For the first time in 20 years, more Americans oppose a ban on assault weapons than favor a ban. Full Article
A new firearms channel called Gun TV will begin broadcasting on January 20th. Gun TV
When Keurig Green Mountain was bought out for $13.9 billion, it pushed the value of all the deals for the year to a record $4.614 trillion. That was 18,603 deals on a global basis. The prior peak was in 2006-2007 at 23,577 deals for $4.610 trillion. The next highest peak was 1999-2000. Do those dates ring a bell? What do 2000, 2007 and now 2015 have in common? Those were peaks in the market prior to recessions. While we do not know about 2015 yet I reported last week that Citigroup and JP Morgan are forecasting a 65% or greater chance of a recession in the coming months.
Andrew Ross Sorkin wrote in the New York Times that a flurry of M&A lined up with a pattern of pre recession spikes. The theory was that revenue growth was slowing, cost cutting had run its course and the only avenue left for corporations to continue to grow was to merge with someone to gain access to their customers and product lines and reduce costs even further through synergies. Sorkin quoted a Citigroup study with the same conclusions. This further suggests a recession is headed our way over the next 12-18 months. Full Article
Time for VIX puts? If the seasonal trend for the end of December finally appears, it may be time to buy some VIX puts. The VIX is rarely above 20 and only for brief periods. You can buy the January $20 put for about $2.25 today and should a rally appear and the VIX return to the $15 level we saw last week that would be a winning trade. There is no guarantee a rally will appear but after the decline we had last week there is definitely a short squeeze in our future.
It is not just the U.S. markets taking a dive. All eight of the world's major indexes are in decline. Is that a just a coincidence or a sign the global economy is fading even further. This suggests it was not just tax loss selling in the U.S. since other markets suffered the same fate. The average decline for the week was -3.18%. Full Article at DSShort.com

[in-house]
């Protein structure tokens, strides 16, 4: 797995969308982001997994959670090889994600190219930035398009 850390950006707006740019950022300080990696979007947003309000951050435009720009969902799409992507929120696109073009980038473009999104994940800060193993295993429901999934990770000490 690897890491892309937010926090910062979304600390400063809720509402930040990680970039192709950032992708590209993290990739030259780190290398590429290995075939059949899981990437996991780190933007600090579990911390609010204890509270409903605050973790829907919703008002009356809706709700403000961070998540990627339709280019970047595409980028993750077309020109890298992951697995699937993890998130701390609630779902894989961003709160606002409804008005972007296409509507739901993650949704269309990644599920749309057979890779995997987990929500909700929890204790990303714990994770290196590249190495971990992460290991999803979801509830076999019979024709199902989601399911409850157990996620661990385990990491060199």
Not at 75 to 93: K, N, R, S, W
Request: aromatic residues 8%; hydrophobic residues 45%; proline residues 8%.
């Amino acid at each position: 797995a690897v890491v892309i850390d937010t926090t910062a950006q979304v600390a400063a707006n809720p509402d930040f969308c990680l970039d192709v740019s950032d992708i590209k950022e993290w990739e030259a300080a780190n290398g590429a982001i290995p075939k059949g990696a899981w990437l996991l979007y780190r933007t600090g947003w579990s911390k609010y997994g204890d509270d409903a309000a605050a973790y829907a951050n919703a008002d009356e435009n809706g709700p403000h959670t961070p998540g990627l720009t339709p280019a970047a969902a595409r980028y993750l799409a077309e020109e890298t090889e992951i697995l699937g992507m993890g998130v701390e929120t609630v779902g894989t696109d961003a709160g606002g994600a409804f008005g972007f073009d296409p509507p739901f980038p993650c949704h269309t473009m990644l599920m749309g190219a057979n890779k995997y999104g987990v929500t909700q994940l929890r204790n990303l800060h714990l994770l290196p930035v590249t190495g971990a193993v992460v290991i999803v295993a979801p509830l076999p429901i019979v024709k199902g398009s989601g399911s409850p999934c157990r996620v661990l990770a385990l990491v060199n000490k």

Bomb threats forced the closure of malls and shopping areas in four states on Saturday. The Largo Mall near Tampa Florida, the Shops at Riverside in Hackensack NJ, the the Animas Mall in Farmington NM and the Embarcadero in San Francisco were closed for bomb threats and/or suspicious packages. These stories are a good reason to shop online. Full Business Insider Article
A survey of multiple strategists by Barron's suggests the equity markets will rise about 10% in 2016. The strategists gave their reasons and a few stocks they believe will do well. David Kostin, Goldman's chief strategist believes the Fed will hike 4 times in 2016 to raise rates to 1.25% to 1.5%. Kostin's picks were Visa (V) and Alphabet (GOOGL). Savita Subramanian, head of U.S. equity and quantitative strategy at Bank of America Corp. liked Disney (DIS) and 3M (MMM). Stephen Auth, CIO at Federated said Avago Technologies (AVGO) and Gilead Sciences (GILD) would be winners. Full Article
Tis the season to be an Amazon temp worker. In 2012 Amazon hired 50,000 temps for the holiday shopping season. In 2013 that rose to 70,000, 2014 80,000 and this year they hired 100,000. The average hourly pay is $12.35 an hour for a job at an Amazon warehouse picking products from the shelf and stuffing shipping boxes. Amazon uses temporary staffing firms to locate, hire and manage the workers. Amazon pays them an average of $70.4 million a week during the holiday season from Thanksgiving through Christmas. Amazon has 90,000 permanent workers at its 70 warehouses and shipping hubs.
Temp workers have hand held scanners that tell them what item to pull from the shelf and at what location. Once they scan it, the computer gives them a new item and the number of seconds it is expected to take them to complete the task. Temp workers that perform well can be offered a permanent job and move up the ranks into management.
There is a 12% chance of a Solar Superstorm hitting earth over the next decade. A storm similar to the one that narrowly missed earth in 2012 would cause $2 trillion in damage and lead to the deaths of tens of millions of people. It is not just this decade. There is a 12% chance in every decade. Eventually our luck will run out. Are you prepared to live with no electricity for several years?Full Article
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"2015 was like commuting by roller coaster. This has been one of the more difficult markets I have seen in 50 years... I have spent time and time again trying to figure out what action causes what reaction and how do things fit in. And, in the past several weeks, it really has not fit."